Fergie

9 May

So that’s it, then.  Lord Voldemort finally hangs up his evil hood.  The original dark Knight is leaving Gotham City.  A helpline has presumably been set up for United fans terrified of a Fergie-free future.  Concerned well-wishers will be keeping a 24-hour vigil on Mike Phelan.  I couldn’t lace my own shoes when Alex Ferguson first took charge of Manchester United in 1986.  The DVD was still a decade away from mass production.  George Michael had yet to crash his first Range Rover in a ganja-fuelled haze.

I don’t like Alex Ferguson.  I think the English game is sourer as a result of him.  I disagree with the apologists who say you need a mean streak to make it to the top.  You don’t.  Pep Guardiola’s an absolute gentleman.  Roger Federer behaves impeccably.  When he’s not flogging pills to the stricken, Pele seems like a lovely bloke.  Unlike the sycophants of the national press, Stockhom Syndrome never took root in this football fan.

Pre-Ferguson, managers would never stoop to suggesting that another team wouldn’t try very hard just to stop Manchester United from winning a title (the comment which so riled Kevin Keegan and resulted in the “love it” outburst).  This wasn’t “mind games”, as it came to be lauded.  This was a lowering of the accepted level of courtesy that managers extended to other teams.  Keegan couldn’t believe that Ferguson would openly accuse other professionals of not doing their job properly.  It was anathema to him.  Yet we laughed at Keegan for his naiveté and praised Ferguson for his cunning.

A consummate list of Ferguson’s behavioural shortcomings would require a fleet of historians and a well of ink the size of the Mariana trench.  You know them all, anyway.  Whether it be accusing match officials of not being fit, pulling his loan players out of Preston when they fired his son, Darren, or breaching the obligation to give post-match interviews to the BBC for seven years.  It was the Scot that introduced the “tactic” of players deliberately mobbing refs after an incident, in the hope of persuading a decision.  A grim behaviour soon adopted by other managers and sadly now the norm.  Suffice to say that the current level of bitterness and sniping displayed by many Premiership managers can in large part be traced to Ferguson’s lack of respect for other clubs, for referees and for the FA.

This will form part of Fergie’s legacy.  I’ll not be so churlish as to suggest this will be our abiding memory of the Glaswegian.  But nor will I sweep it under the carpet.

Against this, you have a man who history is likely to regard as Britain’s greatest ever manager.  Bob Paisely has one more European Cup to his name (the only manager in history to win it three times – in a breath-taking nine years).  Paisley, though, took over the best team in the land by a country mile at the height of England’s dominance of European waters.  Bill Shankly paved the way for Paisley, but Shankly has only a solitary UEFA Cup in terms of continental honours.  And the title of “Greatest Ever” isn’t just a matter of domestic life and death.  It’s much more important than that.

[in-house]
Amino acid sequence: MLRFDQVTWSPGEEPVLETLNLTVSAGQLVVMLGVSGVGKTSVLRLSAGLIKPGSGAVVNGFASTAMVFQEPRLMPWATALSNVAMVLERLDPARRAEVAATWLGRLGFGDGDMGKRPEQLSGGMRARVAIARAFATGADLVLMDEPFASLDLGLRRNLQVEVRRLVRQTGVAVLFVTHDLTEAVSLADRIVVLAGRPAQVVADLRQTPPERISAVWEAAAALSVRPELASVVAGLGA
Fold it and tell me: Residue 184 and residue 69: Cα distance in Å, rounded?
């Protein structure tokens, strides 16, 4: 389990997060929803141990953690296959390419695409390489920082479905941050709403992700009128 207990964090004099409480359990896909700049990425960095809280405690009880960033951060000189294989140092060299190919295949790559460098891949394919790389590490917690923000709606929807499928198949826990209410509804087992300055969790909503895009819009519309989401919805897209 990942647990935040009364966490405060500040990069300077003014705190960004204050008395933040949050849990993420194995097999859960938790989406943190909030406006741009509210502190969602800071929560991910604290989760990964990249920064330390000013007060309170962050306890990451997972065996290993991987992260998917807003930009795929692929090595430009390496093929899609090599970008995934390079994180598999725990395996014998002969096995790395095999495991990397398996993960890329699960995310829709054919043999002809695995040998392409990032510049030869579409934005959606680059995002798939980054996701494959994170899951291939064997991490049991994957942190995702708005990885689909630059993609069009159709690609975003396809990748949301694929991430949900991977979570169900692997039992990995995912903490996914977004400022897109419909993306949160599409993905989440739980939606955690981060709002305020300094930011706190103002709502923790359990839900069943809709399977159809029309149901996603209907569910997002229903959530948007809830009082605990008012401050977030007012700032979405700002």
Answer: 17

In tandem, Shankley and Paisley would probably lay claim to dominion.  Solo, Brian Clough is the only real contender.  With Derby, Cloughie took an unfancied side from the Midlands to the very top of the English league.  He then repeated the exact same feat with Forest and threw in a European Cup to boot.  To top it off, Clough won the European Cup again the following year as an encore.  He achieved this managing teams that had nothing like the infrastructure that Manchester United have.  Yet he’s won as many European Cups as Sir Alex.  It’s a close one to call.

What probably tips things in Ferguson’s favour is the sheer number of domestic league titles to his name.  He’s won more than double his nearest rival (13 to 6).  Astonishing stuff.  If I’d known in 1992-93 that another 12 titles would follow the first over the next 20 years, I might have put my Panini sticker albums into storage and taken up cricket.

His teams are gallant, as well.  From a footballing point of view, Ferguson’s sides are always good to watch.  They’ve had some of the best strike partnerships (and, latterly, trios) I’ve seen.  Providing the service, Ferguson has always favoured fast, skilful, swashbuckling wing play.  Time and time again, Sharpe, Kanchelskis, Giggs, Ronaldo, Nani and Valencia would take to the flanks and stretch teams to a merciless breaking point.  And when things aren’t going their way, United’s spirit in adversity is probably unmatched in world football.  Too Good’s Honorary Life President once described Manchester United needing a goal in the last ten minutes of a game as the most exciting thing in football.  He likened it to Disney’s Fantasia, with all manner of inanimate objects coming to life and dancing to an enchanted tune.   Ferguson as Mickey Mouse, pulling the strings and orchestrating the fight back.

Part of this will likely now ebb away over time.  All teams are inextricably linked to the imposition of their manager’s will.  Only Fergie can manage the Fergie way.  United will have to find another Sorcerer’s Apprentice to bring the broomsticks to life.  God knows, I wouldn’t fancy it.  On matchdays, the new boss will take his seat in the dug-out and stare out at a stand named after his predecessor.  Ferguson is quite literally part of the Old Trafford fabric.

Sir Alex is correct when he suggests that the club is being left in great shape.  He has bequeathed United a winning blend of youth and experience.  In Rafael, Jones, Smalling, de Gea, Welbeck, Zaha, Cleverley and Powell, United have a crop of youngsters that could yet become every bit as good as the fledglings.  Provided they get the right tutelage.  Alas, for United fans, the one thing Ferguson can’t leave behind is himself.

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